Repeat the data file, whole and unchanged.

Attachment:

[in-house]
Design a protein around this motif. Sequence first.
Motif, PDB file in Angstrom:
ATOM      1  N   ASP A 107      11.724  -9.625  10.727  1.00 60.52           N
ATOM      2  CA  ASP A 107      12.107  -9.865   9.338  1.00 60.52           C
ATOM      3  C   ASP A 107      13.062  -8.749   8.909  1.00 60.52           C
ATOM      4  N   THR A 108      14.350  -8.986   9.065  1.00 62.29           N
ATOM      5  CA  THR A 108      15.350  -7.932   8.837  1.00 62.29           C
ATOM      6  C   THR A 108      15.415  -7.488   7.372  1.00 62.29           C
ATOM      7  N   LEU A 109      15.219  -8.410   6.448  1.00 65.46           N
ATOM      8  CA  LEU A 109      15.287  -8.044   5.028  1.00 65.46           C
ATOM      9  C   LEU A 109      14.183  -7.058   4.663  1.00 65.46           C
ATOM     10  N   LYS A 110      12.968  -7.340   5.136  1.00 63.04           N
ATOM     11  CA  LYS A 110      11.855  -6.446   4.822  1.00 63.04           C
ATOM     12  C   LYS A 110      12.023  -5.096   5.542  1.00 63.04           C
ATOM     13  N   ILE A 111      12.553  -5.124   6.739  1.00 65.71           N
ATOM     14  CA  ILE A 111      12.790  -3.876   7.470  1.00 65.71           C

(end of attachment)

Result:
[in-house]
Design a protein around this motif. Sequence first.
Motif, PDB file in Angstrom:
ATOM      1  N   ASP A 107      11.724  -9.625  10.727  1.00 60.52           N
ATOM      2  CA  ASP A 107      12.107  -9.865   9.338  1.00 60.52           C
ATOM      3  C   ASP A 107      13.062  -8.749   8.909  1.00 60.52           C
ATOM      4  N   THR A 108      14.350  -8.986   9.065  1.00 62.29           N
ATOM      5  CA  THR A 108      15.350  -7.932   8.837  1.00 62.29           C
ATOM      6  C   THR A 108      15.415  -7.488   7.372  1.00 62.29           C
ATOM      7  N   LEU A 109      15.219  -8.410   6.448  1.00 65.46           N
ATOM      8  CA  LEU A 109      15.287  -8.044   5.028  1.00 65.46           C
ATOM      9  C   LEU A 109      14.183  -7.058   4.663  1.00 65.46           C
ATOM     10  N   LYS A 110      12.968  -7.340   5.136  1.00 63.04           N
ATOM     11  CA  LYS A 110      11.855  -6.446   4.822  1.00 63.04           C
ATOM     12  C   LYS A 110      12.023  -5.096   5.542  1.00 63.04           C
ATOM     13  N   ILE A 111      12.553  -5.124   6.739  1.00 65.71           N
ATOM     14  CA  ILE A 111      12.790  -3.876   7.470  1.00 65.71           C